Peoples and Conservation: Crossing the Disciplinary Divide
Wadi Dana, Jordan, 3-7 April 2002
A conference hosted by the Refugee Studies Centre, Queen Elizabeth House, University of Oxford, in collaboration with: the Durrell Institute of Conservation and Ecology, University of Kent at Canterbury; the World Commission on Protected Areas (IUCN); and the World Wide Fund for Nature (WWF).
In 1999 the Refugee Studies Centre held an open conference, Displacement, Forced Settlement and Conservation which identified a need to bridge disciplinary divides between social and natural scientists. Settled communities have been the focus of most debate concerning conservation and sustainable development. Mobile communities have not been widely explored in these discussions. With Rio Plus 10 and the IUCN-WCPA World Parks Congress both on the horizon, it is urgent that concerns about mobile communities enter into the on-going conservation debates and discussion.
The aim of this follow-up conference is to stimulate an open and frank discourse relating to the current impact of wildlife conservation on the lives and livelihoods of mobile peoples, who generally inhabit remote and marginal areas. Our goal is to define areas of common interest, tease out the differences in priorities and true areas of conflict, and begin a constructive dialogue on sustainable, biodiversity-rich land use by mobile peoples. The conference will critically examine current popular concepts of community management and the current conservation-preservation debate, as well as areas of conflicting theory and practice as related to mobile communities.
Background and Justification
The 1999 conference, Displacement, Forced Settlement and Conservation brought together a wide range of specialists concerned with the indigenous human populations affected by conservation projects. The conference helped raise a number of important issues which needed further discussion. Among these were two major philosophical threads: preservationism, which, in spite of much debate and international policy shifts towards sustainable development in recent years, is still the predominant philosophy behind many conservation projects; and the historical, and still contemporary, sentiment that mobile people constitute a threat to settled communities and national governments. Here wildlife conservation has often been used as a justification for forcing people into permanent settlements. A third, more positive factor that also emerged from this conference, was the recognition of the progress that had been made over the last decade in bringing indigenous people into the management of conservation areas. The conference participants, though benefiting from the opportunity to present their research to each other, recognised that, for there to be progress, disciplinary divides needed to be bridged, social and natural scientists needed to engage with each other over the issues and controversies in conservation and biodiversity.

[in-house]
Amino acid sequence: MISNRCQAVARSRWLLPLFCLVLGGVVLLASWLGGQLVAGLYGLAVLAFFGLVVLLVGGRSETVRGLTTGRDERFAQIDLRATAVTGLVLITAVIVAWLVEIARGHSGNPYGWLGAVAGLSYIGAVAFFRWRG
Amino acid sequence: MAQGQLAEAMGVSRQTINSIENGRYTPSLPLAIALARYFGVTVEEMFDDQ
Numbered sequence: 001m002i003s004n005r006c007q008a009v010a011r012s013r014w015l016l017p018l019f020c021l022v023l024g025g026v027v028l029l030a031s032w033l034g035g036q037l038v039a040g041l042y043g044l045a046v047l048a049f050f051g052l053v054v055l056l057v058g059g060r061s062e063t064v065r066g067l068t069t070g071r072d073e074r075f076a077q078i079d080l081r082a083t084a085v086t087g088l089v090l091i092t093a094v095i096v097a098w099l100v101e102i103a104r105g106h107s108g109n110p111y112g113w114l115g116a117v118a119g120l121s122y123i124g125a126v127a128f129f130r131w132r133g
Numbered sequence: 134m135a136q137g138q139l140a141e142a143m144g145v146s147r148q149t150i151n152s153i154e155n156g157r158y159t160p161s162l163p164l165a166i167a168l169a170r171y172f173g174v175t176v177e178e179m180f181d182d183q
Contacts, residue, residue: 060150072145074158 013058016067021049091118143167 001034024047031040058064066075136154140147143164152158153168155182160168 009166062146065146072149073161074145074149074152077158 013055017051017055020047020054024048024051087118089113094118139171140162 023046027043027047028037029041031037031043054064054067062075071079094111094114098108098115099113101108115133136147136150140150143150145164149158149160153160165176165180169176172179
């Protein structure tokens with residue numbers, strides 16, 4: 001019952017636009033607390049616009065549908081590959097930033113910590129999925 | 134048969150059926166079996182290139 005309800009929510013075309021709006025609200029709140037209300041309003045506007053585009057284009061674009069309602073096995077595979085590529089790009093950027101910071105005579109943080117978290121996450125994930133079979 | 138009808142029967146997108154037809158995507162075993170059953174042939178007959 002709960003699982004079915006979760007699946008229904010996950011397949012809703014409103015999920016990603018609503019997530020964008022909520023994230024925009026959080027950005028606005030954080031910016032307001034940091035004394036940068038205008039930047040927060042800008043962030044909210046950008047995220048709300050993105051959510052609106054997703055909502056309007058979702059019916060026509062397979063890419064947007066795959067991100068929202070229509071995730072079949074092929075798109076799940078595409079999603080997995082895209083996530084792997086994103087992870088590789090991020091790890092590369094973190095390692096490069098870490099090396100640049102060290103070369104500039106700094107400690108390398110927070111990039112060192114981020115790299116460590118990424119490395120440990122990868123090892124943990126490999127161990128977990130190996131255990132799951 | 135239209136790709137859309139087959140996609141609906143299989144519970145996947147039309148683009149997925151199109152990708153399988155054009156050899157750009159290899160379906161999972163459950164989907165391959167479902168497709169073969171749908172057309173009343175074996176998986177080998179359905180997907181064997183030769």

Aims and objectives
The aim of this follow-up workshop is to set into motion a productive dialogue between social and natural scientists to examine the impact that wildlife conservation and other environmental protection projects have on the lives of the mobile and marginal people who inhabit the same areas. It is hoped that such a dialogue will promote a multi-faceted approach to people, plants and animals in conservation and biodiversity protection issues. A further objective is the promotion of conservation research and practice which is multi-disciplinary and participative.
Issues which will be tabled and discussed at this workshop are:
- the need to establish a common understanding of key terms like the meaning of biodiversity, conservation and protected area on the one hand and sustainable development on the other.
- the importance of promoting a multi-disciplinary approach in conservation which ensures that conservation biologists are fully aware of the needs of indigenous peoples, and which recognizes that the State is often unable to take on the role of >honest broker'.